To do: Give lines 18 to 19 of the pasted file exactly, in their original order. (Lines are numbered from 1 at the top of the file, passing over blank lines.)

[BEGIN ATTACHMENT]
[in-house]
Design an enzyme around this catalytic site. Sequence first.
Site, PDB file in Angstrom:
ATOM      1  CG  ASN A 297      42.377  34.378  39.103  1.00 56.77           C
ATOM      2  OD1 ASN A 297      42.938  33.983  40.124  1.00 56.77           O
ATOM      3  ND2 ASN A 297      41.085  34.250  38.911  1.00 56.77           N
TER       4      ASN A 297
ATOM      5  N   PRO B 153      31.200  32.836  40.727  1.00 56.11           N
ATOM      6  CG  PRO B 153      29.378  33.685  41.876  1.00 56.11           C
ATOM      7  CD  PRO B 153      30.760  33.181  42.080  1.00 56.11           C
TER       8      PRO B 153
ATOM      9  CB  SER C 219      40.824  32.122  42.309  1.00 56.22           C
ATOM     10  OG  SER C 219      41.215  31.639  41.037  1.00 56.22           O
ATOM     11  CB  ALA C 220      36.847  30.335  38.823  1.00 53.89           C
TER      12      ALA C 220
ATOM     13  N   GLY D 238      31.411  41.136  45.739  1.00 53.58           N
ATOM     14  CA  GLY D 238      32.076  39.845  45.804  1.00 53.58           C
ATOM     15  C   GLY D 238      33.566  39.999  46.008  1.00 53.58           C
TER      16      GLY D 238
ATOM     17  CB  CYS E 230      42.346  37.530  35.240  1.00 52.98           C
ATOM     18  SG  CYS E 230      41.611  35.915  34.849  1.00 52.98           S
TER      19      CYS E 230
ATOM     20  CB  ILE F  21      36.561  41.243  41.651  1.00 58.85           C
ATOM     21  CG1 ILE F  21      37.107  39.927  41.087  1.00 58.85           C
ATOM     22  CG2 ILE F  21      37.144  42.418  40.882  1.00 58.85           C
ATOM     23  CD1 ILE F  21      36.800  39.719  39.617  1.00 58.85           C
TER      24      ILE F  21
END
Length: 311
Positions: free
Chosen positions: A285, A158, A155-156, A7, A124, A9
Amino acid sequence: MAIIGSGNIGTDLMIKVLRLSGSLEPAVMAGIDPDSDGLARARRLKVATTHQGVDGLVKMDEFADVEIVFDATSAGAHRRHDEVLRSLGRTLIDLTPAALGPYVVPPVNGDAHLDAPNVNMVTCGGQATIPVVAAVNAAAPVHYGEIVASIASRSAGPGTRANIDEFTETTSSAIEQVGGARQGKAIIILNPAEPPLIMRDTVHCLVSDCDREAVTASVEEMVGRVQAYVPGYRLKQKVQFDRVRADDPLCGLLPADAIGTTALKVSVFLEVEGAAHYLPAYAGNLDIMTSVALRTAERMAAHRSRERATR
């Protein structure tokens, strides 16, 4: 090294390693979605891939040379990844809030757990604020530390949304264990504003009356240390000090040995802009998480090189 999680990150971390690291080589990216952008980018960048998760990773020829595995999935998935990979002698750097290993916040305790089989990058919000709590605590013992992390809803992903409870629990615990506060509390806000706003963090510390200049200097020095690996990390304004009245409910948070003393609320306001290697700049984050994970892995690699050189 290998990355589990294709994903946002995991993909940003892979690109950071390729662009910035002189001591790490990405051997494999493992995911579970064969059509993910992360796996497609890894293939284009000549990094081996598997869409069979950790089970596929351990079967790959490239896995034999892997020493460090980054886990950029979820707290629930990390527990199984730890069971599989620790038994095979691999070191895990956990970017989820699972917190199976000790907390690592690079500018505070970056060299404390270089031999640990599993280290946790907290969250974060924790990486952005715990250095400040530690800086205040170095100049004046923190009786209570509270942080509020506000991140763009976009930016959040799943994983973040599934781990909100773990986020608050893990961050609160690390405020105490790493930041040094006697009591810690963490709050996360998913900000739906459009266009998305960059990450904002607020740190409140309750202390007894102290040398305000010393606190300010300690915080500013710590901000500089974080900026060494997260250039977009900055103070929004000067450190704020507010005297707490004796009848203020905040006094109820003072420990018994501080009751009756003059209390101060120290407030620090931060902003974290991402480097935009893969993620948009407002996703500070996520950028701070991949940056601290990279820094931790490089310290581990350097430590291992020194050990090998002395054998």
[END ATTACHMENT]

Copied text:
ATOM     15  C   GLY D 238      33.566  39.999  46.008  1.00 53.58           C
TER      16      GLY D 238